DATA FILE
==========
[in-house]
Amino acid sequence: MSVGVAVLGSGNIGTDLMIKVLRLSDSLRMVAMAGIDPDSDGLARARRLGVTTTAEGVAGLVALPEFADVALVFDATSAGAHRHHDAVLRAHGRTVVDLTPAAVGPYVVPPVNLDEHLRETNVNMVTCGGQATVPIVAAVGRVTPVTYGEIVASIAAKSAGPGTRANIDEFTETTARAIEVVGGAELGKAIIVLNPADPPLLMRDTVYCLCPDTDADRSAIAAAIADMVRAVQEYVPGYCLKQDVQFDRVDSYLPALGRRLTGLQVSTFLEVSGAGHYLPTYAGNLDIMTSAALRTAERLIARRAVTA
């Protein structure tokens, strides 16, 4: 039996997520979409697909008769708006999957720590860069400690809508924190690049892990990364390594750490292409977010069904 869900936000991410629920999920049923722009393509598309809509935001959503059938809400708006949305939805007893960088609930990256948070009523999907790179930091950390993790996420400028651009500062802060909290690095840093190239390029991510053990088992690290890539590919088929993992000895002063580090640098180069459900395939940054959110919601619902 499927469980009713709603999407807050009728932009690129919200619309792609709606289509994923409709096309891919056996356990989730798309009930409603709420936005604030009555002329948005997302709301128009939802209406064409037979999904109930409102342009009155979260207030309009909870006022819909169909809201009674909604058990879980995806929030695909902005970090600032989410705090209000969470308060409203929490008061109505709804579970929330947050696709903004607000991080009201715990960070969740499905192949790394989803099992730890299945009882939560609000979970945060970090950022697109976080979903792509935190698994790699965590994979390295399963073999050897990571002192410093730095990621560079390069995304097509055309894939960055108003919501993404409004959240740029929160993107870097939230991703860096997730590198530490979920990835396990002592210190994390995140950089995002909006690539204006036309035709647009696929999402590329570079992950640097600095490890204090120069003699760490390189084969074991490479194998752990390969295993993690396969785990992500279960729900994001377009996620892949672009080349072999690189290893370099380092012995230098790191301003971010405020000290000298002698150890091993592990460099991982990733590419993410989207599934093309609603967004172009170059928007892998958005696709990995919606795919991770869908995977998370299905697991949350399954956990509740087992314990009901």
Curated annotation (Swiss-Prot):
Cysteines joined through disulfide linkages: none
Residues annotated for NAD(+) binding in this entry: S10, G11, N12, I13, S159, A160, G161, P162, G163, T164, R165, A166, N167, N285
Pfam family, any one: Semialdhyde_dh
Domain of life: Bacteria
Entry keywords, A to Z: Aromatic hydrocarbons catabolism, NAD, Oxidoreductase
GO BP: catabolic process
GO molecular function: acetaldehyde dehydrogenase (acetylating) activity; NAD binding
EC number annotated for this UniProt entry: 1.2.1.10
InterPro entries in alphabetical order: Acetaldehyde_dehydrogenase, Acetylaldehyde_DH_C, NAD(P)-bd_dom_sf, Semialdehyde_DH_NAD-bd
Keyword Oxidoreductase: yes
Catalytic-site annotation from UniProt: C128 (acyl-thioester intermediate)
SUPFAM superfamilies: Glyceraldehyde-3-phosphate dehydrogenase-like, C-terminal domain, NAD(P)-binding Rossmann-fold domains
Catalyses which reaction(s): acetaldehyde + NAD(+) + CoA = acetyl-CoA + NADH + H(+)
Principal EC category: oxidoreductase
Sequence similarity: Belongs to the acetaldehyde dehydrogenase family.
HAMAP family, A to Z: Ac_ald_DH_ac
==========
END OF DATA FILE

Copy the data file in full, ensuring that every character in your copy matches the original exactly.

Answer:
[in-house]
Amino acid sequence: MSVGVAVLGSGNIGTDLMIKVLRLSDSLRMVAMAGIDPDSDGLARARRLGVTTTAEGVAGLVALPEFADVALVFDATSAGAHRHHDAVLRAHGRTVVDLTPAAVGPYVVPPVNLDEHLRETNVNMVTCGGQATVPIVAAVGRVTPVTYGEIVASIAAKSAGPGTRANIDEFTETTARAIEVVGGAELGKAIIVLNPADPPLLMRDTVYCLCPDTDADRSAIAAAIADMVRAVQEYVPGYCLKQDVQFDRVDSYLPALGRRLTGLQVSTFLEVSGAGHYLPTYAGNLDIMTSAALRTAERLIARRAVTA
């Protein structure tokens, strides 16, 4: 039996997520979409697909008769708006999957720590860069400690809508924190690049892990990364390594750490292409977010069904 869900936000991410629920999920049923722009393509598309809509935001959503059938809400708006949305939805007893960088609930990256948070009523999907790179930091950390993790996420400028651009500062802060909290690095840093190239390029991510053990088992690290890539590919088929993992000895002063580090640098180069459900395939940054959110919601619902 499927469980009713709603999407807050009728932009690129919200619309792609709606289509994923409709096309891919056996356990989730798309009930409603709420936005604030009555002329948005997302709301128009939802209406064409037979999904109930409102342009009155979260207030309009909870006022819909169909809201009674909604058990879980995806929030695909902005970090600032989410705090209000969470308060409203929490008061109505709804579970929330947050696709903004607000991080009201715990960070969740499905192949790394989803099992730890299945009882939560609000979970945060970090950022697109976080979903792509935190698994790699965590994979390295399963073999050897990571002192410093730095990621560079390069995304097509055309894939960055108003919501993404409004959240740029929160993107870097939230991703860096997730590198530490979920990835396990002592210190994390995140950089995002909006690539204006036309035709647009696929999402590329570079992950640097600095490890204090120069003699760490390189084969074991490479194998752990390969295993993690396969785990992500279960729900994001377009996620892949672009080349072999690189290893370099380092012995230098790191301003971010405020000290000298002698150890091993592990460099991982990733590419993410989207599934093309609603967004172009170059928007892998958005696709990995919606795919991770869908995977998370299905697991949350399954956990509740087992314990009901």
Curated annotation (Swiss-Prot):
Cysteines joined through disulfide linkages: none
Residues annotated for NAD(+) binding in this entry: S10, G11, N12, I13, S159, A160, G161, P162, G163, T164, R165, A166, N167, N285
Pfam family, any one: Semialdhyde_dh
Domain of life: Bacteria
Entry keywords, A to Z: Aromatic hydrocarbons catabolism, NAD, Oxidoreductase
GO BP: catabolic process
GO molecular function: acetaldehyde dehydrogenase (acetylating) activity; NAD binding
EC number annotated for this UniProt entry: 1.2.1.10
InterPro entries in alphabetical order: Acetaldehyde_dehydrogenase, Acetylaldehyde_DH_C, NAD(P)-bd_dom_sf, Semialdehyde_DH_NAD-bd
Keyword Oxidoreductase: yes
Catalytic-site annotation from UniProt: C128 (acyl-thioester intermediate)
SUPFAM superfamilies: Glyceraldehyde-3-phosphate dehydrogenase-like, C-terminal domain, NAD(P)-binding Rossmann-fold domains
Catalyses which reaction(s): acetaldehyde + NAD(+) + CoA = acetyl-CoA + NADH + H(+)
Principal EC category: oxidoreductase
Sequence similarity: Belongs to the acetaldehyde dehydrogenase family.
HAMAP family, A to Z: Ac_ald_DH_ac